I’ve been working on my final project website, and have decided to incorporate flexbox into my project. I’m surprised at how easy it’s been to work with once I got over the learning curve. Fortunately, the learning curve isn’t that steep.
I ran across an interesting article on Smashing Magazine that might just change everything. Flexbox is here, and we should all be using it now! CanIUse.com reports that flexbox is supported across all major current browsers. According to the Smashing article:
The days of floats and margin trickery are finally behind us, as CSS furnishes developers with new and improved properties perfect for those delicate layouts. Layout features such as vertical alignment, evenly distributed spacing, source-order control and other patterns such as “sticky” footers are quite effortless to achieve with flexbox.
Flexbox looks like an absolute game-changer. I will admit that I haven’t yet tried it, but am eager to try it out and use it. Anyone else have any experience with flexbox?
It’s happened to all of us. You’re poking around the web, and follow a link to a different site, and — WHAM! 404 Not Found. Some are plain, usually generated by the server, but some companies and sites take it to the next level and turn the plain 404 Not Found page into an experience all itself. Some are humourous, some are informative, and some are just great design. But the folks at Woltbit.com have compiled a list of cool and creative 404 pages. Pay attention to #2. Blue Fountain Media has turned their 404 page into a playable Pac Man maze!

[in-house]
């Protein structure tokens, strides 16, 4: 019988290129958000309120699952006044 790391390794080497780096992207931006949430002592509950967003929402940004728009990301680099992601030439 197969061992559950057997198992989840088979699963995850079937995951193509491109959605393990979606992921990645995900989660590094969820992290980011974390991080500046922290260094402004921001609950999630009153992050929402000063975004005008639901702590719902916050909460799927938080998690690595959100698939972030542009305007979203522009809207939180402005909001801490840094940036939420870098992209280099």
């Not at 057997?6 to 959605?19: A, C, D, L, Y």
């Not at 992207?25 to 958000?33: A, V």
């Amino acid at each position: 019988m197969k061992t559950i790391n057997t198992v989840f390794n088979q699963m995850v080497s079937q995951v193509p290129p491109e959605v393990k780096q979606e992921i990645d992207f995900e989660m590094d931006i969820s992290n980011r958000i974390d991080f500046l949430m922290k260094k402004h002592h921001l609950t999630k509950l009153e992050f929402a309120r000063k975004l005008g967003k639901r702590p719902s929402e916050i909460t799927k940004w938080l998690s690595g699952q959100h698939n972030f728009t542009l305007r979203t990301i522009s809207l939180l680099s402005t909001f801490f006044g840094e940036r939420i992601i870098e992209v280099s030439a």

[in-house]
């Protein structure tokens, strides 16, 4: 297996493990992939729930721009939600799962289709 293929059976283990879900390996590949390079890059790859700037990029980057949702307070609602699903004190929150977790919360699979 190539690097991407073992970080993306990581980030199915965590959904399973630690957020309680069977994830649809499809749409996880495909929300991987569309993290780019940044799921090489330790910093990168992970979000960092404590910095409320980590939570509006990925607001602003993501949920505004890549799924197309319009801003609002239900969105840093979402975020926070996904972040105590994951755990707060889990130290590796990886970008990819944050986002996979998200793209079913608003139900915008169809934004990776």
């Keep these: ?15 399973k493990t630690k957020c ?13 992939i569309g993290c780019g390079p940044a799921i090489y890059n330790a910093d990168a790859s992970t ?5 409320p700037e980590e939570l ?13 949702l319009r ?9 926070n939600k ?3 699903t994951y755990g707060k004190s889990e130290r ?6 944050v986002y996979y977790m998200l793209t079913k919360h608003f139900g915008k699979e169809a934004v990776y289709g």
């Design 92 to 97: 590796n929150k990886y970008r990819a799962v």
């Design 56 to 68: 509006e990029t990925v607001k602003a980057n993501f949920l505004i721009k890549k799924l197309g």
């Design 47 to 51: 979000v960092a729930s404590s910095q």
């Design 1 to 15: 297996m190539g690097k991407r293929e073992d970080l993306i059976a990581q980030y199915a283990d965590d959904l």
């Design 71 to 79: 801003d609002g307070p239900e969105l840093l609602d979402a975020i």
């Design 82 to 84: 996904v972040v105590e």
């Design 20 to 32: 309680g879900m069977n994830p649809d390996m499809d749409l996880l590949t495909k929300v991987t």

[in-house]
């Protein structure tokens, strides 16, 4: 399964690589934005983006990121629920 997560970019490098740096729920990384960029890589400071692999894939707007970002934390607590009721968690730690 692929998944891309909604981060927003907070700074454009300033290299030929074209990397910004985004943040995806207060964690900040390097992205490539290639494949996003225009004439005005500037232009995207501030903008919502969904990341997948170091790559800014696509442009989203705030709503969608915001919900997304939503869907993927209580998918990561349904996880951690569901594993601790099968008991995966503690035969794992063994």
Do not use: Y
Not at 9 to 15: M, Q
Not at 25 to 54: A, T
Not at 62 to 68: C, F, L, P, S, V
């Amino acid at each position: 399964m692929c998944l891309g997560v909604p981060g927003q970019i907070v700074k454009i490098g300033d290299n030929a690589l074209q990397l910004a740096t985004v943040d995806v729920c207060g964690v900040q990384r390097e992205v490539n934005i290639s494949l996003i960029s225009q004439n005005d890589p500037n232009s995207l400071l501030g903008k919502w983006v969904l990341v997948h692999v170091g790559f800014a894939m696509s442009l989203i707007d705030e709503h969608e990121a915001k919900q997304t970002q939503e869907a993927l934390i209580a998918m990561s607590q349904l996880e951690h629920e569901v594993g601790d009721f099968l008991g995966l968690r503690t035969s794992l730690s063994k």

We’ve all gone to sites like siteinspire.com, awwwards.com, and even behance.net to look for ideas and inspiration when planning a new site. Or perhaps we’re looking at new emerging trends in web design. And that’s all fine and good, but it does tend to create a bit of an echo chamber. When we’re only looking to other websites for inspiration, we’re only seeing what other designers are doing, and in turn, emulating those designs.